Zuck vs. Musk?

Published August 31, 2023

WORLD Opinions

For the last few months now, social media has been abuzz with rumors of a coming duel—a cage fight between the two titans of tech, Mark Zuckerberg and Elon Musk. It would be easy to dismiss this as mere idle boasting to grab headlines were the headlines not taking place against the backdrop of an intensifying war for market share. After years of relatively peaceful co-existence between Facebook and Twitter, Zuckerberg broke the truce by launching a direct Twitter rival, Threads, and Musk retaliated by rebranding his platform as X and promising that it would soon offer a vastly expanded ecosystem of services.

The idea of a good hand-to-hand battle to settle the score between the two online overlords has a quaintly medieval feel, like a good jousting match or perhaps sword duel between two rival barons seeking to defend their honor and vindicate their claims. Even the bluster about when and how and even whether the fight will take place evokes the ritualized boasting, taunts, and negotiations that preceded many medieval showdowns. Now, as often then, the stakes are clearly high but vague. Neither man has promised to hand over a portion of his digital domain to the winner, but if either were to lose face by backing out or losing, it would be a symbolic blow to their leadership in a business that is all about status.

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Brad Littlejohn (Ph.D., University of Edinburgh) is the founder and president of the Davenant Institute. He also works as a fellow at the Ethics and Public Policy Center and has taught for several institutions, including Moody Bible Institute–Spokane, Bethlehem College and Seminary, and Patrick Henry College. He is recognized as a leading scholar of the English theologian Richard Hooker and has published and lectured extensively in the fields of Reformation history, Christian ethics, and political theology. He lives in Landrum, S.C., with his wife, Rachel, and four children.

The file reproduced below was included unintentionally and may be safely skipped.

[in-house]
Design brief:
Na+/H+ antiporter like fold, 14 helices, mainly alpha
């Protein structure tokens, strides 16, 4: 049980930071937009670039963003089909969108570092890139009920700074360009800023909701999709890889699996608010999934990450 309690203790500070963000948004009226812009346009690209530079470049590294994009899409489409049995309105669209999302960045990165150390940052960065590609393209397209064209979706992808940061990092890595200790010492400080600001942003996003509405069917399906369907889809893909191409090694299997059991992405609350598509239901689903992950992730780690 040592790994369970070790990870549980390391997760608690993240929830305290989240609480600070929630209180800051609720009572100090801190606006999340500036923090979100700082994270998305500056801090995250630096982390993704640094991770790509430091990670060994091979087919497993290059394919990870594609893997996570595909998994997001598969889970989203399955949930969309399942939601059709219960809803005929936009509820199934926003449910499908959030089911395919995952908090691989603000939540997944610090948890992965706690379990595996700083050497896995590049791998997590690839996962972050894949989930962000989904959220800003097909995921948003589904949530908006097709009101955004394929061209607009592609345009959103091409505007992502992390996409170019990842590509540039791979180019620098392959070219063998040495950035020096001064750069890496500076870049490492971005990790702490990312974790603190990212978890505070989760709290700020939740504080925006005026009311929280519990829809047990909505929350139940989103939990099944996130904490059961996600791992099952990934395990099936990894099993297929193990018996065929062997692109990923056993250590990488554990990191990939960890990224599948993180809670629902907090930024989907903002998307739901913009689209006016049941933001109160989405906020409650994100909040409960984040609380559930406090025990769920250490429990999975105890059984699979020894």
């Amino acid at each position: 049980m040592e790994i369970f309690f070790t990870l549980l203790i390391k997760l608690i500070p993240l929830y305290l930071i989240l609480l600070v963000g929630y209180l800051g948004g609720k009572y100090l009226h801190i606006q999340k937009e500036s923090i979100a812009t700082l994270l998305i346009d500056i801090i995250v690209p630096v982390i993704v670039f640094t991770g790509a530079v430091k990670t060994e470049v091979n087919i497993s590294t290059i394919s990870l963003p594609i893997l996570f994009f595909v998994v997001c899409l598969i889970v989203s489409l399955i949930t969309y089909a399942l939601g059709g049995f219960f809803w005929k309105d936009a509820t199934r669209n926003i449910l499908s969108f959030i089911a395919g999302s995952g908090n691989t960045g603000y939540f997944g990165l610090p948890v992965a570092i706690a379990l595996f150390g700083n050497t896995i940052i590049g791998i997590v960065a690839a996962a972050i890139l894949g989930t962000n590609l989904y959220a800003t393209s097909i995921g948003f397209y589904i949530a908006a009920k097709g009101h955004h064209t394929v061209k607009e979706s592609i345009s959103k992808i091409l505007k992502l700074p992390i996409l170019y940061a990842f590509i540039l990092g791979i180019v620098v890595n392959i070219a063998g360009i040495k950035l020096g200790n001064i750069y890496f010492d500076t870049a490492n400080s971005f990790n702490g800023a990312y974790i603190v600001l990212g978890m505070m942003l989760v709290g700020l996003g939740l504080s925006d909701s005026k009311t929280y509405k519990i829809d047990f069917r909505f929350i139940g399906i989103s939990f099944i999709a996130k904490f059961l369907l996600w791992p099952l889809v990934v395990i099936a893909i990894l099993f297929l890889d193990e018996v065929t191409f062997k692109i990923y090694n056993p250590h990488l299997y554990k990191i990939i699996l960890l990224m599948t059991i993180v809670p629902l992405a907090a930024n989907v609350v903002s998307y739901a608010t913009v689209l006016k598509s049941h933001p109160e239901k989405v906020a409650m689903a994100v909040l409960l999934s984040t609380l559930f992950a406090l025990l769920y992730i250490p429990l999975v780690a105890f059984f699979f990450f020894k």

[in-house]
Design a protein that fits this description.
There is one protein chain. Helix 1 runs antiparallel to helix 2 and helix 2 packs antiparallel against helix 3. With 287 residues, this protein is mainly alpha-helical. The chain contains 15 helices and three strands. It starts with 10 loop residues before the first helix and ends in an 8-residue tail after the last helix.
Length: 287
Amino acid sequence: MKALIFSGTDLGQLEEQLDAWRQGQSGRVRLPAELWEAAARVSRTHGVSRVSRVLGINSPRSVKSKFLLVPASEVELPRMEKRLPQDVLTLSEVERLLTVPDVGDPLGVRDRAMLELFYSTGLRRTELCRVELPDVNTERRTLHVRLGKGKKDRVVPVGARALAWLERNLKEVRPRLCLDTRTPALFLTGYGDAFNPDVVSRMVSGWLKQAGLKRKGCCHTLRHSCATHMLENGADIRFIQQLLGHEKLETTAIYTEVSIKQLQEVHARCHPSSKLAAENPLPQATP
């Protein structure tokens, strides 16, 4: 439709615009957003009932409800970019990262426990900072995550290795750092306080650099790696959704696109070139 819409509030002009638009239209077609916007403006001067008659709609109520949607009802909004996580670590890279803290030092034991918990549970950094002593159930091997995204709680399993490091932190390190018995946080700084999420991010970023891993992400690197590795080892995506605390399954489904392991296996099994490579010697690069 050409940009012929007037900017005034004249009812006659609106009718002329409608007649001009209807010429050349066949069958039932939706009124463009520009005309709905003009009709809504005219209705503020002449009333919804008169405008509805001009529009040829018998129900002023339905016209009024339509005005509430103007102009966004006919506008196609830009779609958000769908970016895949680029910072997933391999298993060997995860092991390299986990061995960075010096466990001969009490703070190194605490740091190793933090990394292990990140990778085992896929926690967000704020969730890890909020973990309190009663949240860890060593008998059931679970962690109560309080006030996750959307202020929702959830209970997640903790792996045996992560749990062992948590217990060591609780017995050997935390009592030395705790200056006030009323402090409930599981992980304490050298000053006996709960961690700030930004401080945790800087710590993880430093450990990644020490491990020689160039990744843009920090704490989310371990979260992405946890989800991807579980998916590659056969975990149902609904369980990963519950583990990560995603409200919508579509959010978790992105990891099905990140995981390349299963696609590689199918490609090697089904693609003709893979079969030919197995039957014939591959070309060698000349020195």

Brad Littlejohn, Ph.D., is a Fellow in EPPC’s Evangelicals in Civic Life Program, where his work focuses on helping public leaders understand the intellectual and historical foundations of our current breakdown of public trust, social cohesion, and sound governance. His research investigates shifting understandings of the nature of freedom and authority, and how a more full-orbed conception of freedom, rooted in the Christian tradition, can inform policy that respects both the dignity of the individual and the urgency of the common good. He also serves as President of the Davenant Institute.

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